The Filthy Animal and Saint Bernard of Clairvau: Re-assessing the Case for Letter 308 and the Conquest of Lisbon, 1147

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Abstract

This article addresses the long-standing problem of the authenticity of Saint Bernard’s “Letter 308”, purportedly sent by the Abbot of Clairvaux to King Afonso Henriques of Portugal in response to his request for Bernard’s aid in recruiting northern European crusaders for an attack on Muslim-held Lisbon–an enterprise that took place in 1147, resulted in the conquest of the city by the Portuguese, and essentially guaranteed the autonomous survival of the kingdom. Since the letter concerns one of the most discussed topics in Portuguese medieval history, namely the extent of Bernard’s involvement in the determinative years of the independent kingdom, this article scrutinises the arguments surrounding it in an attempt to untangle the disparate and often disjointed responses it has produced since its first appearance in 1602, and examines facets hitherto unheeded by those who have denounced it as a forgery, to discover if Letter 308 should now be accepted as genuine.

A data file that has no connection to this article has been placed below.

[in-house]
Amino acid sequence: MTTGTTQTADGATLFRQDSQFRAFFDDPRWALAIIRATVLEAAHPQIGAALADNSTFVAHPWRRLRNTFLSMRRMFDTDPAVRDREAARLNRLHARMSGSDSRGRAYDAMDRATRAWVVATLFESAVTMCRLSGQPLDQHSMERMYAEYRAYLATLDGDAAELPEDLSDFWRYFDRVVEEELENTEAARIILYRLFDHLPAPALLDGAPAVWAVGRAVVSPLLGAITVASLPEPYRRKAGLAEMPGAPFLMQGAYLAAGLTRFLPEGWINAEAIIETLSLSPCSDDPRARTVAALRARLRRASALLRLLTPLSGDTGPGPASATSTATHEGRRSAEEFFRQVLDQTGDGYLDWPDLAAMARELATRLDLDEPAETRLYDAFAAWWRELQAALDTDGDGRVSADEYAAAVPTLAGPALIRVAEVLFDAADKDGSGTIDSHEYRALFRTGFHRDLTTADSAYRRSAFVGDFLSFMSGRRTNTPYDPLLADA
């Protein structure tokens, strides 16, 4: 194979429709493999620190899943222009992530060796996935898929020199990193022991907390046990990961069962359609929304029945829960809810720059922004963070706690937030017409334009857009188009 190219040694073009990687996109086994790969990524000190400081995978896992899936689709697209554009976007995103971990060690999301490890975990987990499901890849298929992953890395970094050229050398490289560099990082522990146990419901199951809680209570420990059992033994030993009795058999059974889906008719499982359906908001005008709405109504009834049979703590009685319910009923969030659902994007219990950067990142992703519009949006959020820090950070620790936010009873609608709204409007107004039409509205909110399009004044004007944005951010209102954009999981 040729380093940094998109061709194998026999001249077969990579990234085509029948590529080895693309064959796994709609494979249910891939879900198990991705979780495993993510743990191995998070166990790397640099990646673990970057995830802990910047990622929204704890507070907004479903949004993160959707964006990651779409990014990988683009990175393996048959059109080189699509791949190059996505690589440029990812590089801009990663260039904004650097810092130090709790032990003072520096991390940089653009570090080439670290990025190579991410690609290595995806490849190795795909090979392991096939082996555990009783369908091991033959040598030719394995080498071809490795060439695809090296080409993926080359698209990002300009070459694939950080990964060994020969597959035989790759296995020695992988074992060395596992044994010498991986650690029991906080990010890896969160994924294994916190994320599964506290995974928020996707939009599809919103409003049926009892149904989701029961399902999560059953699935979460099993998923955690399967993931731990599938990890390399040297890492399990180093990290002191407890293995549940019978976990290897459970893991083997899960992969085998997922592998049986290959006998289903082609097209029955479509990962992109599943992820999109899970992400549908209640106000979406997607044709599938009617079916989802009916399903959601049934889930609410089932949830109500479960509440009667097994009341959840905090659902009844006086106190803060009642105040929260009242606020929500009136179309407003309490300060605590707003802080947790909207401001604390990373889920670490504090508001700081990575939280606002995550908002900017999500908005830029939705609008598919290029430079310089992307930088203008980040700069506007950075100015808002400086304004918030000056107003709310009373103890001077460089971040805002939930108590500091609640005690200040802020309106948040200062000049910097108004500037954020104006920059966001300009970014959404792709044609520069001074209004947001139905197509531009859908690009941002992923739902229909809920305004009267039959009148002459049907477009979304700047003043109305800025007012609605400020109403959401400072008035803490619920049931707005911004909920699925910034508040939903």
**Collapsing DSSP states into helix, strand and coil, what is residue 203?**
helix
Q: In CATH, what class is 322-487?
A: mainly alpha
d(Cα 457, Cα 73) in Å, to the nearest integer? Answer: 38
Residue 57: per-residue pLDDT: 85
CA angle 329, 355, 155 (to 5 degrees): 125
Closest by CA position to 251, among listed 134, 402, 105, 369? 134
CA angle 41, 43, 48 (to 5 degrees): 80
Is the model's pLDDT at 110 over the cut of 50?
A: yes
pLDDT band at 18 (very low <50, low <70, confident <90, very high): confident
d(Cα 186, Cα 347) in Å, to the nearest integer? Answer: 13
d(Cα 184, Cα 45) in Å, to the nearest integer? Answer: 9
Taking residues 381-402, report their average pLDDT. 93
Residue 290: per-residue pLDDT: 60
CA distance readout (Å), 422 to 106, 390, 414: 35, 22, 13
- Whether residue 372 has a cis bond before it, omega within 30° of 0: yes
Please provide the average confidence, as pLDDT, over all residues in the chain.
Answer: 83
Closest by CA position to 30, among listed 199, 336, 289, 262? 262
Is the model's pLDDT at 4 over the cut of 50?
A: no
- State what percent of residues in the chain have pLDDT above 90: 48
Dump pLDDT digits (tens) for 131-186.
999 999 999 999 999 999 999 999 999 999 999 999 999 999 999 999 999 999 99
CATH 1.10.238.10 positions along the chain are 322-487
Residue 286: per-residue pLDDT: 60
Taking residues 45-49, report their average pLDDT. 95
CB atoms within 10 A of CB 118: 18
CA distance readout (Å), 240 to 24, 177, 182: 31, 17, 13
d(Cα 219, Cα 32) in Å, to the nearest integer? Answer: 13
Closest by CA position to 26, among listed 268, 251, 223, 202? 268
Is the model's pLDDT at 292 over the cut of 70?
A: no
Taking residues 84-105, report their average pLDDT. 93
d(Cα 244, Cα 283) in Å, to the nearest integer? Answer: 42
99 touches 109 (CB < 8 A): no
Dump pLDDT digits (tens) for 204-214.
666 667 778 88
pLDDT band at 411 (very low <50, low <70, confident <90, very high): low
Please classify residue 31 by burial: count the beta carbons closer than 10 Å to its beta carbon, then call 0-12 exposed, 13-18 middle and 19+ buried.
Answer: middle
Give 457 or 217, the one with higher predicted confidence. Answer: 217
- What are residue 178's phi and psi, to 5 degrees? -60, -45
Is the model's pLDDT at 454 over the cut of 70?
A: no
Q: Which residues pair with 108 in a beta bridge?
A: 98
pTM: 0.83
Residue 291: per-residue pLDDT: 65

Original languageEnglish
JournalAl-Masaq
DOIs
Publication statusE-pub ahead of print - 27 Apr 2020

Keywords

  • Afonso Henriques
  • Alfonso VII
  • Bernardo de Brito
  • Conquest of Lisbon
  • Crusades
  • Eugenius III
  • Forgery of Letter 308
  • Pedro Afonso
  • Portuguese Reconquista
  • Saint Bernard
  • Second Crusade
  • Templars

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